Monday, June 25, 2012

Mid Year pop music report

In alphabetical order, here are the 11 CDs that seemed to hold my attention the longest since the start of the new year. It's hard to say whether any of these will make my annual end of the year list. I need to listen to all of them more carefully between now and December. It's hard to know now whether they will bear up to repeated playing. And we haven't heard what else the year may bring. But, for what it's worth, these are 10 discs from the first half of 2012 worth seeking out.

Europe by Allo Darlin'. Tuneful ear candy from a young London band lead by songwriter Elizabeth Morris. The four-piece band plays soft, jangly, guitar-oriented indie pop and occasionally extends the music palette to ukelele. Morris's earnest vocals are easy to embrace; her lyrics are amusing and confessional. Highlights include "Capriconia" and "Neil Armstrong," a whimsical tip of the hat to the first man on the moon.

Bloom by Beach House. This CD, the fourth from Beach House, may be their most challenging CD yet. Victoria LeGrand and Alex Scally have crafted a record that seems more like a suite of that meshes together in a dream-like sequence than individual songs. "It's not the band's most immediate music, but the album's challenging mix of heartbroken words and aloof sounds rewards patient and repeated listening," trills the All Music Guide.

Locked Down, by Dr. John.   Mac Rebbenack is back with a blistering set of hoodoo voodoo and he still sounds ticked off at the Army Corps of Engineers for what they done to his hometown, N'Awlins.  (They left the city unprotected to the wrath of Hurricane Katrina by allowing the city's levees to remain in a weakened state for decades). Locked Down isn't as swampy as his 1968 record, "Gris-Gris" but it may be his best record since that classic.  Its grooves are  raw and immediate; its lyrics are charged with righteous indignation. It melds primal rock, careening R&B, and electric blues in a downright nasty brew.

Voyageur by Kathleen Edwards. I'm a sucker for Kathleen Edward's alt-country sound and this 2012 release is up to her usual high standards. Her lyrics give listeners personal glimpses into life lived on an emotional roller coaster: the "voyage" at the heart of the record is a misguided love affair. Her lamentable choices, sung with heart-torn regrets and played with ragged glory by her band, go down as easy as Jack Daniels over ice.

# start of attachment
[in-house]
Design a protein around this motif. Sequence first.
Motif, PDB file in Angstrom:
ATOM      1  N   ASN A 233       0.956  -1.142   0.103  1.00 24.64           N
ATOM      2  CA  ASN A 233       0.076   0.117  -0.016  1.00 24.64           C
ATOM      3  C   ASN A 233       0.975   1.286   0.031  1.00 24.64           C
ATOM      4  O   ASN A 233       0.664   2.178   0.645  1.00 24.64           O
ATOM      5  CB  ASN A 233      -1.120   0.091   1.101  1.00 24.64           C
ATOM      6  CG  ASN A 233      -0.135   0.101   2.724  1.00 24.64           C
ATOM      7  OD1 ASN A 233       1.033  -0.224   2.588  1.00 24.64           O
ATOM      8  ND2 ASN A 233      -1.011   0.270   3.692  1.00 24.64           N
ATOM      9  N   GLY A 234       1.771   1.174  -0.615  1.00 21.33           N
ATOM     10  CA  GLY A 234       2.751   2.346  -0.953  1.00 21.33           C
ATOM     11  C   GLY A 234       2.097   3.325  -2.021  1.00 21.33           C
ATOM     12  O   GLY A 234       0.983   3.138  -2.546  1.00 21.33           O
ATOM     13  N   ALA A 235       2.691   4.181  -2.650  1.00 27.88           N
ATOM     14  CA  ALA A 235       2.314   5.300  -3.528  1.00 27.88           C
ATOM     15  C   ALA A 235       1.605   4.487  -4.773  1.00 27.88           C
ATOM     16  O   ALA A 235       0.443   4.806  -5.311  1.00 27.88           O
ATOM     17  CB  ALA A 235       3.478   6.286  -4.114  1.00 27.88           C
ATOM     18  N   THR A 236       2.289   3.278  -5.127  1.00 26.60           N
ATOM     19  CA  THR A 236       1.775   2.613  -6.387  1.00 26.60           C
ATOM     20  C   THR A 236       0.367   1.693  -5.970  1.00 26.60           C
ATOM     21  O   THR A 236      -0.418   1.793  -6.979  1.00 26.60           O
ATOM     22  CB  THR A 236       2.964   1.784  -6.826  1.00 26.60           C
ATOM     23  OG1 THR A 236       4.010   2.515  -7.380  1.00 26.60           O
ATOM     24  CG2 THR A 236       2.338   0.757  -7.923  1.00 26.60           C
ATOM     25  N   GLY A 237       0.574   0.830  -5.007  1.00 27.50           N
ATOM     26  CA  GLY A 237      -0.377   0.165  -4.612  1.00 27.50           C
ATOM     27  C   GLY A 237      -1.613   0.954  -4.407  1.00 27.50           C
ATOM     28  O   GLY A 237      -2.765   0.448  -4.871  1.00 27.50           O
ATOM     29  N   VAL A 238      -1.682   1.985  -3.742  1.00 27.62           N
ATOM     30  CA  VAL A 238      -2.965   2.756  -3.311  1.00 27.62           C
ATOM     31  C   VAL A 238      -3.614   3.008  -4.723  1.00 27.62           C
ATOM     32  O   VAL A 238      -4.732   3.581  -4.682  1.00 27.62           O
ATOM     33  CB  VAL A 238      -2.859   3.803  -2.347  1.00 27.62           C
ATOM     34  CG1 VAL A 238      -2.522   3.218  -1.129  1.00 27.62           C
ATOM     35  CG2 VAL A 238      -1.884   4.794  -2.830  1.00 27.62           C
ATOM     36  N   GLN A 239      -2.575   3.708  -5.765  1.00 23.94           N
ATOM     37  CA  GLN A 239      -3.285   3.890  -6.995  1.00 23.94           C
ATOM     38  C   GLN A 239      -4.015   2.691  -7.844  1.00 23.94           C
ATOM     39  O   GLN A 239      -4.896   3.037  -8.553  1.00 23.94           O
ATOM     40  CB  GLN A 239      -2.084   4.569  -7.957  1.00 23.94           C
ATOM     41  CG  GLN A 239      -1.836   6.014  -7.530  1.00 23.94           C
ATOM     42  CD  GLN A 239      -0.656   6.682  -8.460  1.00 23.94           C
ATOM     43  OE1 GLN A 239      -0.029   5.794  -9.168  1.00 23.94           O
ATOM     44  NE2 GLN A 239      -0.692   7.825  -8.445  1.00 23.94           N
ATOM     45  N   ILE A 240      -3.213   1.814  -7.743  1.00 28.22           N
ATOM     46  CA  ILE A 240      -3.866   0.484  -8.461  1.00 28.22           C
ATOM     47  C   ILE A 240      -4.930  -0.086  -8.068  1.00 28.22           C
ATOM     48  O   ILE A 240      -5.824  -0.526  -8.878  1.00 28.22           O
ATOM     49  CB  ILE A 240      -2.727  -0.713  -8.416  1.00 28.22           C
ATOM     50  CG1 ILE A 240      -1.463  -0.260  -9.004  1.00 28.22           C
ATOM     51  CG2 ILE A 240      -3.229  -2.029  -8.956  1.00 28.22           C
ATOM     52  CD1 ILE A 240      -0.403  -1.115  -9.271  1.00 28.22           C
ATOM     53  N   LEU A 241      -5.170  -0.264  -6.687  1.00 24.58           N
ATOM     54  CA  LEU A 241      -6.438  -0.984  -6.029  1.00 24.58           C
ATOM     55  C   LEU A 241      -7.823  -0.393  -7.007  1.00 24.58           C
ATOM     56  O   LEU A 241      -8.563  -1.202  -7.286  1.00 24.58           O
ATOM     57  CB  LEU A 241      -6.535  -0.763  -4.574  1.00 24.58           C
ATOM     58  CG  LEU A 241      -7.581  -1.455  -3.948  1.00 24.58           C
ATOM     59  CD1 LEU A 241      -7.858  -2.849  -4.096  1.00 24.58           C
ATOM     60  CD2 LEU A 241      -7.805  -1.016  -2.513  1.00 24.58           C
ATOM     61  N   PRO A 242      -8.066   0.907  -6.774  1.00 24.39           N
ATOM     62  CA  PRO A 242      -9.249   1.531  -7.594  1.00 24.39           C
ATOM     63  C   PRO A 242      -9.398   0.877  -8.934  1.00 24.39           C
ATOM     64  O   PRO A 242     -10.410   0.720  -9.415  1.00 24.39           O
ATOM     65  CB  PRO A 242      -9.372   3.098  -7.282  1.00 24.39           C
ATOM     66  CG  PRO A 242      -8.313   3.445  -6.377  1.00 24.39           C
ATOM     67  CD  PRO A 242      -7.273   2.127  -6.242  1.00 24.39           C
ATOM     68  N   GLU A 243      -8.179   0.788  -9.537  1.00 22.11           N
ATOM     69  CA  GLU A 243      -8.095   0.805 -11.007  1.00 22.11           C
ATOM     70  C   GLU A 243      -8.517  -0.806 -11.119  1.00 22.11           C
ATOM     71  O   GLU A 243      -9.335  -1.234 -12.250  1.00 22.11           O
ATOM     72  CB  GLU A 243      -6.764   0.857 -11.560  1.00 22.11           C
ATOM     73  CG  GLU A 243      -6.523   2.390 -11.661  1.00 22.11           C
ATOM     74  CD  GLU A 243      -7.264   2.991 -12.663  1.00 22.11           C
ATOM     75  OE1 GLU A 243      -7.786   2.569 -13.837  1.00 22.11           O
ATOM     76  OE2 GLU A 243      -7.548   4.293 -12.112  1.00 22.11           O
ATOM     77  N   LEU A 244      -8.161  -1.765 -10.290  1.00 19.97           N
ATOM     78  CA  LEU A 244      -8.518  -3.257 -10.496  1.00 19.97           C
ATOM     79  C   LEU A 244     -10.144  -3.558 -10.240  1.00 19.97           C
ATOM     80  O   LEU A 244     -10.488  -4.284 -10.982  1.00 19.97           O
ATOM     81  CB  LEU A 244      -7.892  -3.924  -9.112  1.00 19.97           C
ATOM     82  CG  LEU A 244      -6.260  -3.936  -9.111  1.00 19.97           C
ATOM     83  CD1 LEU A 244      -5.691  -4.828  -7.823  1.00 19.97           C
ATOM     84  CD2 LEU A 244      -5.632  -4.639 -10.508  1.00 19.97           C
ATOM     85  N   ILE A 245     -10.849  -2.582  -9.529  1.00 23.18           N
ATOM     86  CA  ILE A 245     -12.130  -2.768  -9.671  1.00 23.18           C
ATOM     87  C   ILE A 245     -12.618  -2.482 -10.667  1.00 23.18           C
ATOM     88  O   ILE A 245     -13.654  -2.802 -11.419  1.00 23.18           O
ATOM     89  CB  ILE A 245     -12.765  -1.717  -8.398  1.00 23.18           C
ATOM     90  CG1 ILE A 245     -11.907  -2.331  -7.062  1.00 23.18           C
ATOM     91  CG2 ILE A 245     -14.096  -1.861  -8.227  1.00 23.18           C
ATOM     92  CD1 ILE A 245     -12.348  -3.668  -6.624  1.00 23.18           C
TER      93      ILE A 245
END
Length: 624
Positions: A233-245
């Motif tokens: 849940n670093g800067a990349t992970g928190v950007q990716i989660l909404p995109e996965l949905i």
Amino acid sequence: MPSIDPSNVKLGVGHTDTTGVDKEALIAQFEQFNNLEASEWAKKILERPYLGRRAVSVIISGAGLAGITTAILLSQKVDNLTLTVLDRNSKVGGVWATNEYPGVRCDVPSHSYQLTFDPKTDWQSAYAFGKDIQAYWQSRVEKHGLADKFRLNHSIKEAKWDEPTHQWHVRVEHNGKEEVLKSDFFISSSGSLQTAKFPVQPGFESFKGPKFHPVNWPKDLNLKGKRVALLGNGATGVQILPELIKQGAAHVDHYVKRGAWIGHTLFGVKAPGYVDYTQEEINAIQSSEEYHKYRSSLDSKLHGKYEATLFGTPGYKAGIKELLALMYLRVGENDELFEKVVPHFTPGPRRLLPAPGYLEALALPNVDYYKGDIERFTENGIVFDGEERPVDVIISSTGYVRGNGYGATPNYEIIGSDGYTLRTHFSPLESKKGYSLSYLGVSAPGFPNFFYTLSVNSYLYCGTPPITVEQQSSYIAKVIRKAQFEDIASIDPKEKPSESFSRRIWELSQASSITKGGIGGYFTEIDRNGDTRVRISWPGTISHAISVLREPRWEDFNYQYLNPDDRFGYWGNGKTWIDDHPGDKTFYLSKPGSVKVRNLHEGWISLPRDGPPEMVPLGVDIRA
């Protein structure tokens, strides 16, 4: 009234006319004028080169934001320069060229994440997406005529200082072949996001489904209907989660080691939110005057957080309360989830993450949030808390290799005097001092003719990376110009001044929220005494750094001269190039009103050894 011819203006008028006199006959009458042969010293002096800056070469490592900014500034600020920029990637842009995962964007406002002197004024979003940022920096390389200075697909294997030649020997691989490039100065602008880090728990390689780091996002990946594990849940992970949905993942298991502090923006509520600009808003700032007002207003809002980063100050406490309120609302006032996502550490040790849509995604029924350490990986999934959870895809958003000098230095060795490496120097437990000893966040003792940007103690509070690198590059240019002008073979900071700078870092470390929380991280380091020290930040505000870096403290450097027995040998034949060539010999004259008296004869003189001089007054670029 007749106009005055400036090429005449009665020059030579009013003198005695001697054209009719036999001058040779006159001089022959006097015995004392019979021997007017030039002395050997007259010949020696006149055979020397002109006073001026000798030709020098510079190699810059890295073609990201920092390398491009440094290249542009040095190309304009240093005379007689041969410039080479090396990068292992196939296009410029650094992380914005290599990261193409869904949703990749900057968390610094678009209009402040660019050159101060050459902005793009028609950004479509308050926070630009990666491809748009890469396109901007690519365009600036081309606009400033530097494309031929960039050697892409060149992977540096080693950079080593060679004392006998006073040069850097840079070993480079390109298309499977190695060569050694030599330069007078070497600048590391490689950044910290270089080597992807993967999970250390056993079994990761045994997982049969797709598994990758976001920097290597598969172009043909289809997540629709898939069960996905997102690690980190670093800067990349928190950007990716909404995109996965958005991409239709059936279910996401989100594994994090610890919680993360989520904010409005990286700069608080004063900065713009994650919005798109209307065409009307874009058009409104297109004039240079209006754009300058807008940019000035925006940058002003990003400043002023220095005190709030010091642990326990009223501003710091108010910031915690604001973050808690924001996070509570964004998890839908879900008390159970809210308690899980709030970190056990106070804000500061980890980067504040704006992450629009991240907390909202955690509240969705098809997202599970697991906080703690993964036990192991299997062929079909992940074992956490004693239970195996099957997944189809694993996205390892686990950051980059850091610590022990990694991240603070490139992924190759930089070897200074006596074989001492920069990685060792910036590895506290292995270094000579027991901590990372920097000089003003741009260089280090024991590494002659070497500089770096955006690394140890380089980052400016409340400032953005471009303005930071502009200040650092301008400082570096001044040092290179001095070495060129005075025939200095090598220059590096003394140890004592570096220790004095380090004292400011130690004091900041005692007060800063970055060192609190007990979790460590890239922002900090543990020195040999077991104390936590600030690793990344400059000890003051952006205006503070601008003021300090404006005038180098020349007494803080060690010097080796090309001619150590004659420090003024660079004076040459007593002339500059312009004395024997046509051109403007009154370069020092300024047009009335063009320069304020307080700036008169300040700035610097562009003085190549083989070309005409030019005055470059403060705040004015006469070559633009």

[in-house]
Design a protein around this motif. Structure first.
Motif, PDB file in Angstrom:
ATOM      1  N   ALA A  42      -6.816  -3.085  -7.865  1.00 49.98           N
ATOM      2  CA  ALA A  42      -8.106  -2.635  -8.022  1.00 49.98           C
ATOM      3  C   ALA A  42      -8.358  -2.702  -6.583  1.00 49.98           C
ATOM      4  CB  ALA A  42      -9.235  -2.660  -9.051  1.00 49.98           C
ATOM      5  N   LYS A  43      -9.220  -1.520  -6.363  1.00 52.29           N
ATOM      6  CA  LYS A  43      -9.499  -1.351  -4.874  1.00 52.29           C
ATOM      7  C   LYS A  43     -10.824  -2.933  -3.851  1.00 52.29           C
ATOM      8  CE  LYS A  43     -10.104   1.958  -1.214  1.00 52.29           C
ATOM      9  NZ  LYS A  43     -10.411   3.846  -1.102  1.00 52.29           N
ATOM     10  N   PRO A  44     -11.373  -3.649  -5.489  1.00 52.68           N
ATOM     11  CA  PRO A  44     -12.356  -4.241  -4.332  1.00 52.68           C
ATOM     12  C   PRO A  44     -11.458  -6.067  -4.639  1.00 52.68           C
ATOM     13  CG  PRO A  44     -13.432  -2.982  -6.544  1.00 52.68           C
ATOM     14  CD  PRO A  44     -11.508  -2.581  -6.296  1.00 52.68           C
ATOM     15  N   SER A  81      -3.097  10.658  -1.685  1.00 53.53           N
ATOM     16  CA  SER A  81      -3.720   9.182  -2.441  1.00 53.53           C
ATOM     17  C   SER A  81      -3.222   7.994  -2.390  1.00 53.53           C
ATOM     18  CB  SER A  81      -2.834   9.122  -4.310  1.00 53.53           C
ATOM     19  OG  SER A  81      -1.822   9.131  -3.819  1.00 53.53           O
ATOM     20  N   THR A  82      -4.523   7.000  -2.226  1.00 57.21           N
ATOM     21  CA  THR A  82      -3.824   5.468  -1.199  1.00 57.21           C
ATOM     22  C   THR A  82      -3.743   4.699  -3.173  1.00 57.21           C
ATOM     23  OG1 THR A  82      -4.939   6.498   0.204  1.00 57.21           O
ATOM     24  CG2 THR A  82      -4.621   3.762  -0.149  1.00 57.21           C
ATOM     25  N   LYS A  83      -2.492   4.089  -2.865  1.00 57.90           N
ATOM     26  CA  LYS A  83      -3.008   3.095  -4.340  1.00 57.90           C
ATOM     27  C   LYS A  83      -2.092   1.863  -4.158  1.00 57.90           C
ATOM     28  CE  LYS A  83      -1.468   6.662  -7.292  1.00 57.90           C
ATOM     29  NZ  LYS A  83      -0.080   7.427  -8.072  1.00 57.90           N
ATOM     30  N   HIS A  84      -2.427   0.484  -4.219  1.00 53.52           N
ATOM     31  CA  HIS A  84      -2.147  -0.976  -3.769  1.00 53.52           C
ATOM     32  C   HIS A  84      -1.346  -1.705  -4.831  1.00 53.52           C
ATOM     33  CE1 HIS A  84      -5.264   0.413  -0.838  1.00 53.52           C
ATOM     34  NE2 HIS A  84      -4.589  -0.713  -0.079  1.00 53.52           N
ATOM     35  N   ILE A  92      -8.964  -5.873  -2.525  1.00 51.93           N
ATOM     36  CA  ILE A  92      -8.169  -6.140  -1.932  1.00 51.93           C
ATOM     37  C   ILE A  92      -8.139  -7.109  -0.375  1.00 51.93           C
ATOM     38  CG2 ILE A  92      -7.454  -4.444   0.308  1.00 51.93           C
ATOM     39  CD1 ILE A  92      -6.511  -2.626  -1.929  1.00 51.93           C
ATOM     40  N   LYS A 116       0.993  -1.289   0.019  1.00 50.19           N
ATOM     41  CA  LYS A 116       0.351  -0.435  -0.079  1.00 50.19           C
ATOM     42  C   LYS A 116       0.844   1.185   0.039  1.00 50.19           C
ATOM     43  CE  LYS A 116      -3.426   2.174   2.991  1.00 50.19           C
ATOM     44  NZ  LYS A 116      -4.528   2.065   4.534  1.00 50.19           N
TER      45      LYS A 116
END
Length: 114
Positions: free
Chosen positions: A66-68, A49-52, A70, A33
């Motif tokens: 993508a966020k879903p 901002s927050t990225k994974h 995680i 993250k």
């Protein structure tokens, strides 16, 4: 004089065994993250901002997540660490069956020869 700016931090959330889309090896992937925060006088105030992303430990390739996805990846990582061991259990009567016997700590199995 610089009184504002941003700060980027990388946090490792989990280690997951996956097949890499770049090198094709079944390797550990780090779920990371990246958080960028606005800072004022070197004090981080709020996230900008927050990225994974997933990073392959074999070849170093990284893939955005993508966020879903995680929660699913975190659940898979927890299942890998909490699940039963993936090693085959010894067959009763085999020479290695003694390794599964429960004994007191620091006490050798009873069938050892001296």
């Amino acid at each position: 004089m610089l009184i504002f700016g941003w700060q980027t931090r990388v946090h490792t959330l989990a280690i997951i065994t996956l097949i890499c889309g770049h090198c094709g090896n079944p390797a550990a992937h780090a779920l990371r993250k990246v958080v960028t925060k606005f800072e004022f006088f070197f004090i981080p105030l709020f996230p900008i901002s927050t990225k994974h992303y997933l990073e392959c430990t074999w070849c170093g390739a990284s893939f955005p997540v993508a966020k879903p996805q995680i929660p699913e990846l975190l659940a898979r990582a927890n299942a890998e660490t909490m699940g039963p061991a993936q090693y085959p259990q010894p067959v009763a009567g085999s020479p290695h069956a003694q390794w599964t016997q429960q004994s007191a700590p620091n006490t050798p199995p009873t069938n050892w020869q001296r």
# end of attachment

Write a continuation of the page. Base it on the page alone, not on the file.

Clear Heart Full Eyes by Craig Finn.  Finn's first solo CD feels like a return to form after the relative disappointment of Stay Positive, the Hold Steady's 2008 effort. Finn's songs on Clear Heart are fixated on the American fascination with religious experience, personal pilgrimage and eventual loss of faith. It's a journey worth taking. The band doesn't rock quite as hard as the Hold Steady does, but their performance seems to serve the contemplative nature of the songs.

Grifter's Hymnal by Ray Wylie Hubbard. Long associated with the outlaw brand of West Texas country music, Hubbard was introduced to the music world in 1973 when Jerry Jeff Walker recorded his classic, "Up Against the Wall, Redneck Mother." For years, he's burnished his outlaw reputation with a rawboned version of country music that skews close to the heart of rock 'n roll. Put "Coricidin Bottle" on and hear the sounds of a band coming unhinged from the git-go. Lucas Hubbard, Ray's son, plays lead and makes his Papa proud. Ringo Starr has a vocal cameo on "Coochy Coochy."

 Home Again, Michael Kiwanuka. Rippling with a sweet and soulful vibe, this is the best world music I've heard so far this year. Home Again is getting huge support from Philadelphia's public radio station, WXPN, which has placed the  title track and a lilting blues called "I'm Getting Ready" into heavy rotation. You can hear echoes of Van Morrison and Bill Withers in his plaintive vocals.

Signs & Signifiers by J.D. McPherson. Not sure this one will have the staying power needed to make my end of the year list, but I'm pretty certain "North Side Gal" is gonna be one of my favorite songs of the year. McPherson and his band, wearing hairstyles straight out of "Grease", channel the swagger and swing of Elvis Presley's Sun Studio trio (Elvis, Scotty Moore and Bill Black). If you can resist tapping your foot along to the dozen rockabilly-tinged songs on this record, you better have your pulse checked.

On the Impossible Past by the Menzingers. A short, sweet, burst of power pop/punk from Scranton's favorite sons. Sounds like Green Day ramped up on amphetamines that have been washed down with Red Bull. "The Obituaries" may be the best song you'll never hear on the radio all year, featuring hooks galore and a refrain replete with F'bombs that make it difficult to resist wanting to sing along with your car windows open. Dead solid certain to embarrass your 15-year-old if she's traveling with you. I speak from experience.  

Wrecking Ball by Bruce Springsteen. A return to form for Springsteen, Wrecking Ball contains his best songwriting since Tunnel of Love IMHO. Springsteen's songwriting can be called calculating on this record, if only because he's so obviously penned a soundtrack to the 2012 election season for President Obama and the Democrats. You may not be okay with that, but count me all in. The stakes are high. "Easy Money" doesn't just rail at the fat cats on Wall Street, it's a bald face call to armed insurrection for their theft of the treasury. Woody Guthrie famously painted "this guitar kills fascists" on his instrument. Don't be too surprised if Springsteen  doesn't borrow that line for his summer tour.

The Lost Kerosene Tapes, 1999 by Bob Woodruff. Woodruff is barely  known, even among diehard alt-country fans. What a shame! Dreams & Saturday Nights is a hard to find, out of print classic from 1994. If you like Steve Earle's early CDs, (especially Guitartown and I Feel Alright) you'll probably dig Woodruff. The Lost Kerosene Tapes, 1999 are just that: an incredible collection of incendiary songs songs that were lost in the vaults of time for the last 13 years and recently recovered and released. Not likely to make him a household name but epic none the less.